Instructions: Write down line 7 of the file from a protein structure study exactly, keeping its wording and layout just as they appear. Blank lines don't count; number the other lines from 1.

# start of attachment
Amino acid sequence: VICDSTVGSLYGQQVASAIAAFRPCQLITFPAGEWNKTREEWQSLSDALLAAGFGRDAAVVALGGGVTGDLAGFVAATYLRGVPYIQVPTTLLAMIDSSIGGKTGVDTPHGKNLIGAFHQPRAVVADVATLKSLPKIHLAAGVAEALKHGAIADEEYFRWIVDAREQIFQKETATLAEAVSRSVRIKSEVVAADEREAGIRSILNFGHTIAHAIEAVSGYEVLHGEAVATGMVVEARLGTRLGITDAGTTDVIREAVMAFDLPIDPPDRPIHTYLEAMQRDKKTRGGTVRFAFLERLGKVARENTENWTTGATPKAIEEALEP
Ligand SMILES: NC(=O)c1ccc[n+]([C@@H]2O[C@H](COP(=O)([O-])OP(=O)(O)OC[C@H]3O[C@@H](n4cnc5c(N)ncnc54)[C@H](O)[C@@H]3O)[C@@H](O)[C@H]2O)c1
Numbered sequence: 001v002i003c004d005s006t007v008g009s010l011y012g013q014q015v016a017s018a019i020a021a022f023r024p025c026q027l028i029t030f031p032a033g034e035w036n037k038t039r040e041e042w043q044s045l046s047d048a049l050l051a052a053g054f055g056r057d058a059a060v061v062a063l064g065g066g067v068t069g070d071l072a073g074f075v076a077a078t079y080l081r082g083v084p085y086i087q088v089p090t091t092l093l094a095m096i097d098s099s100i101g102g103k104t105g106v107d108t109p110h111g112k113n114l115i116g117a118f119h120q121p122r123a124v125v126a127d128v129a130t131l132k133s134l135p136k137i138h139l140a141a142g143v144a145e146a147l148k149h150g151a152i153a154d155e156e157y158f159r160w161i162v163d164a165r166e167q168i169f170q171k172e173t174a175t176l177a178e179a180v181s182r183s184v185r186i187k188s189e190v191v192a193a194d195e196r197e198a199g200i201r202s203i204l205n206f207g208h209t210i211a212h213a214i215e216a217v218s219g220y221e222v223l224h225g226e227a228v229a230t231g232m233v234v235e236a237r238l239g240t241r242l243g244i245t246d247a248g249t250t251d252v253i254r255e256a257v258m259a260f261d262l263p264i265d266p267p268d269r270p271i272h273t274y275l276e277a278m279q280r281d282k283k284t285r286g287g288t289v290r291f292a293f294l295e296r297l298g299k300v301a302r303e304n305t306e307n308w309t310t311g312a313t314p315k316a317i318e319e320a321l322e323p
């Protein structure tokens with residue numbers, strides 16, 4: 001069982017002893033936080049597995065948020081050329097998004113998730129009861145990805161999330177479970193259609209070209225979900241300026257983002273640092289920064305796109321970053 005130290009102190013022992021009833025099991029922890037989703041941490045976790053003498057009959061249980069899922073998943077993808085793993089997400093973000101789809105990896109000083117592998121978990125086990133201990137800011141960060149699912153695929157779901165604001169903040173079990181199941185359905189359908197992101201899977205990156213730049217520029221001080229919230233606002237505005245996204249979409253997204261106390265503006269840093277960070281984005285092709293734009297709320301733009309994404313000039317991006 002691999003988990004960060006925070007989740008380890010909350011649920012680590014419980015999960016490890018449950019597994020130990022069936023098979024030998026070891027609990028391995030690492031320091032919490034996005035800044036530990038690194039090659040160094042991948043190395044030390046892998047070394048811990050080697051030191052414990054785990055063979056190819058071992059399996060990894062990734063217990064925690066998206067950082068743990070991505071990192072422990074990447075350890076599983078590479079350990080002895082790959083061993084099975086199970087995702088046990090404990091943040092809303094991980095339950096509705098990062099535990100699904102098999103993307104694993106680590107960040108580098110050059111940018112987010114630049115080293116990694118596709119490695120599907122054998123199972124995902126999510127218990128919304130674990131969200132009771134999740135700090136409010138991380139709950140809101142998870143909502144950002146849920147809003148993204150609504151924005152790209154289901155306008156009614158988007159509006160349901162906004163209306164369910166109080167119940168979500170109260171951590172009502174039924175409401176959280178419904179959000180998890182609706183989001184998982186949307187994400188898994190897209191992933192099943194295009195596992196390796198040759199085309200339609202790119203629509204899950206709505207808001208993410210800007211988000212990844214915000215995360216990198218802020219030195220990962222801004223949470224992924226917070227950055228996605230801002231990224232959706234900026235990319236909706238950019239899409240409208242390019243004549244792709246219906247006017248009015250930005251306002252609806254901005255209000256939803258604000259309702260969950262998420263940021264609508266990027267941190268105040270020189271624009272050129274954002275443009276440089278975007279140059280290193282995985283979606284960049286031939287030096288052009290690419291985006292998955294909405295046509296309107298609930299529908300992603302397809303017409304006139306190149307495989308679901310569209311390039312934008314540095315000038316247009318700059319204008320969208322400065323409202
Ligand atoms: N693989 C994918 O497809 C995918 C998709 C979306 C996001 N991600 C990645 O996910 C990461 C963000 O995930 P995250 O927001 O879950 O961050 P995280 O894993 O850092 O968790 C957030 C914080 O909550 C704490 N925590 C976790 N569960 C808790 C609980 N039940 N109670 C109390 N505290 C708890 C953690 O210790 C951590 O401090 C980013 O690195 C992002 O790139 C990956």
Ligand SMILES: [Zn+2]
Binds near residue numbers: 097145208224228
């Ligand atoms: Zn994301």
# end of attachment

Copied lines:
Binds near residue numbers: 097145208224228